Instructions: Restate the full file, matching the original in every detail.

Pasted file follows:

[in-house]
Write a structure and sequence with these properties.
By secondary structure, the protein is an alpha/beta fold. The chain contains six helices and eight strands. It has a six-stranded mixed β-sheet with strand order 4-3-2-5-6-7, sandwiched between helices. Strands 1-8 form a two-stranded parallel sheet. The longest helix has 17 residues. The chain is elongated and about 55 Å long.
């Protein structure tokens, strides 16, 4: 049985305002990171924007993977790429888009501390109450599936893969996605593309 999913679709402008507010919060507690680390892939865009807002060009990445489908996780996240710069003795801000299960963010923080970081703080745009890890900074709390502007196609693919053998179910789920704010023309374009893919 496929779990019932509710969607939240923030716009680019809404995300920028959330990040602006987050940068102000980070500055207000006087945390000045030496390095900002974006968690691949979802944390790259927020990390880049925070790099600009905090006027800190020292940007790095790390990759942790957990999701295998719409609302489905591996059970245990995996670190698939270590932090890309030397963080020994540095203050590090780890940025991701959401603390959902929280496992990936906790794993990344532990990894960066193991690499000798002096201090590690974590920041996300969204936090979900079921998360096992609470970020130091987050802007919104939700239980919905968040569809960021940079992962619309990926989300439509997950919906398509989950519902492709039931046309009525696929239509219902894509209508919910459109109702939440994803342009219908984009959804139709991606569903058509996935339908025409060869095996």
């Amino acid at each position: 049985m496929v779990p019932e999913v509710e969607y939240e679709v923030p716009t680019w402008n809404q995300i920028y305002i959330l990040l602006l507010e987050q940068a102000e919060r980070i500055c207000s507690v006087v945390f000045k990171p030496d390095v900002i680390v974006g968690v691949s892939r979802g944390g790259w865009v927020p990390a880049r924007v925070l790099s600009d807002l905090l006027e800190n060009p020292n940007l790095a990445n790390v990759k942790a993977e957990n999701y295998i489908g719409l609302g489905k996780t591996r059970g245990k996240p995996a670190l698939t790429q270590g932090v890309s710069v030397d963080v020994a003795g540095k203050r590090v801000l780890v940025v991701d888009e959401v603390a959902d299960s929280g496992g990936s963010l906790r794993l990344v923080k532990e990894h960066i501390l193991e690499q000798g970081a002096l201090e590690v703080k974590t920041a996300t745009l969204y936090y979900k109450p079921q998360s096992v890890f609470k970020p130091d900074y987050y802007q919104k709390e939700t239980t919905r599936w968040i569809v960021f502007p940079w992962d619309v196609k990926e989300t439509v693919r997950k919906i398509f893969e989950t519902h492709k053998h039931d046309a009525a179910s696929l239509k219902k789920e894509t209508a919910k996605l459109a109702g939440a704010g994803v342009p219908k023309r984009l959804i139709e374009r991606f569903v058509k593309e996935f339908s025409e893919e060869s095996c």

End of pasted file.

[in-house]
Write a structure and sequence with these properties.
By secondary structure, the protein is an alpha/beta fold. The chain contains six helices and eight strands. It has a six-stranded mixed β-sheet with strand order 4-3-2-5-6-7, sandwiched between helices. Strands 1-8 form a two-stranded parallel sheet. The longest helix has 17 residues. The chain is elongated and about 55 Å long.
């Protein structure tokens, strides 16, 4: 049985305002990171924007993977790429888009501390109450599936893969996605593309 999913679709402008507010919060507690680390892939865009807002060009990445489908996780996240710069003795801000299960963010923080970081703080745009890890900074709390502007196609693919053998179910789920704010023309374009893919 496929779990019932509710969607939240923030716009680019809404995300920028959330990040602006987050940068102000980070500055207000006087945390000045030496390095900002974006968690691949979802944390790259927020990390880049925070790099600009905090006027800190020292940007790095790390990759942790957990999701295998719409609302489905591996059970245990995996670190698939270590932090890309030397963080020994540095203050590090780890940025991701959401603390959902929280496992990936906790794993990344532990990894960066193991690499000798002096201090590690974590920041996300969204936090979900079921998360096992609470970020130091987050802007919104939700239980919905968040569809960021940079992962619309990926989300439509997950919906398509989950519902492709039931046309009525696929239509219902894509209508919910459109109702939440994803342009219908984009959804139709991606569903058509996935339908025409060869095996």
């Amino acid at each position: 049985m496929v779990p019932e999913v509710e969607y939240e679709v923030p716009t680019w402008n809404q995300i920028y305002i959330l990040l602006l507010e987050q940068a102000e919060r980070i500055c207000s507690v006087v945390f000045k990171p030496d390095v900002i680390v974006g968690v691949s892939r979802g944390g790259w865009v927020p990390a880049r924007v925070l790099s600009d807002l905090l006027e800190n060009p020292n940007l790095a990445n790390v990759k942790a993977e957990n999701y295998i489908g719409l609302g489905k996780t591996r059970g245990k996240p995996a670190l698939t790429q270590g932090v890309s710069v030397d963080v020994a003795g540095k203050r590090v801000l780890v940025v991701d888009e959401v603390a959902d299960s929280g496992g990936s963010l906790r794993l990344v923080k532990e990894h960066i501390l193991e690499q000798g970081a002096l201090e590690v703080k974590t920041a996300t745009l969204y936090y979900k109450p079921q998360s096992v890890f609470k970020p130091d900074y987050y802007q919104k709390e939700t239980t919905r599936w968040i569809v960021f502007p940079w992962d619309v196609k990926e989300t439509v693919r997950k919906i398509f893969e989950t519902h492709k053998h039931d046309a009525a179910s696929l239509k219902k789920e894509t209508a919910k996605l459109a109702g939440a704010g994803v342009p219908k023309r984009l959804i139709e374009r991606f569903v058509k593309e996935f339908s025409e893919e060869s095996c």